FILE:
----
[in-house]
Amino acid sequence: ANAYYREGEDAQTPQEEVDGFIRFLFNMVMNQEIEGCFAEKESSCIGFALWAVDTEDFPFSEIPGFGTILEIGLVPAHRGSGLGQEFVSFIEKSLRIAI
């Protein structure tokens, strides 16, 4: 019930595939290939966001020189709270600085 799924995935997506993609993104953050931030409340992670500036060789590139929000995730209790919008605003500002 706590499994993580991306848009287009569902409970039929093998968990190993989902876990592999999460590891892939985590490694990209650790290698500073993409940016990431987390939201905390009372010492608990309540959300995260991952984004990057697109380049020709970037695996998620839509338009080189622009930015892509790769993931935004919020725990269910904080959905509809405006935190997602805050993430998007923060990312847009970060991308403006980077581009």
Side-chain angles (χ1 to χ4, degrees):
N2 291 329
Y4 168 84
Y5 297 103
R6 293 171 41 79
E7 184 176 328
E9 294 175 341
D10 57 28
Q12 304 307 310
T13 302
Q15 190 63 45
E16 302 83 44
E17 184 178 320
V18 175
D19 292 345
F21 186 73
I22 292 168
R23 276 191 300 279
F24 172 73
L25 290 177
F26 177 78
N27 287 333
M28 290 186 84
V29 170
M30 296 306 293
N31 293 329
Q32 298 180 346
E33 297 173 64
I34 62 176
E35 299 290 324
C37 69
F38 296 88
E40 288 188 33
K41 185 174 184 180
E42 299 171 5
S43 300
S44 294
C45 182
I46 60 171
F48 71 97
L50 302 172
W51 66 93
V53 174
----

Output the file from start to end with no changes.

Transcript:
[in-house]
Amino acid sequence: ANAYYREGEDAQTPQEEVDGFIRFLFNMVMNQEIEGCFAEKESSCIGFALWAVDTEDFPFSEIPGFGTILEIGLVPAHRGSGLGQEFVSFIEKSLRIAI
């Protein structure tokens, strides 16, 4: 019930595939290939966001020189709270600085 799924995935997506993609993104953050931030409340992670500036060789590139929000995730209790919008605003500002 706590499994993580991306848009287009569902409970039929093998968990190993989902876990592999999460590891892939985590490694990209650790290698500073993409940016990431987390939201905390009372010492608990309540959300995260991952984004990057697109380049020709970037695996998620839509338009080189622009930015892509790769993931935004919020725990269910904080959905509809405006935190997602805050993430998007923060990312847009970060991308403006980077581009």
Side-chain angles (χ1 to χ4, degrees):
N2 291 329
Y4 168 84
Y5 297 103
R6 293 171 41 79
E7 184 176 328
E9 294 175 341
D10 57 28
Q12 304 307 310
T13 302
Q15 190 63 45
E16 302 83 44
E17 184 178 320
V18 175
D19 292 345
F21 186 73
I22 292 168
R23 276 191 300 279
F24 172 73
L25 290 177
F26 177 78
N27 287 333
M28 290 186 84
V29 170
M30 296 306 293
N31 293 329
Q32 298 180 346
E33 297 173 64
I34 62 176
E35 299 290 324
C37 69
F38 296 88
E40 288 188 33
K41 185 174 184 180
E42 299 171 5
S43 300
S44 294
C45 182
I46 60 171
F48 71 97
L50 302 172
W51 66 93
V53 174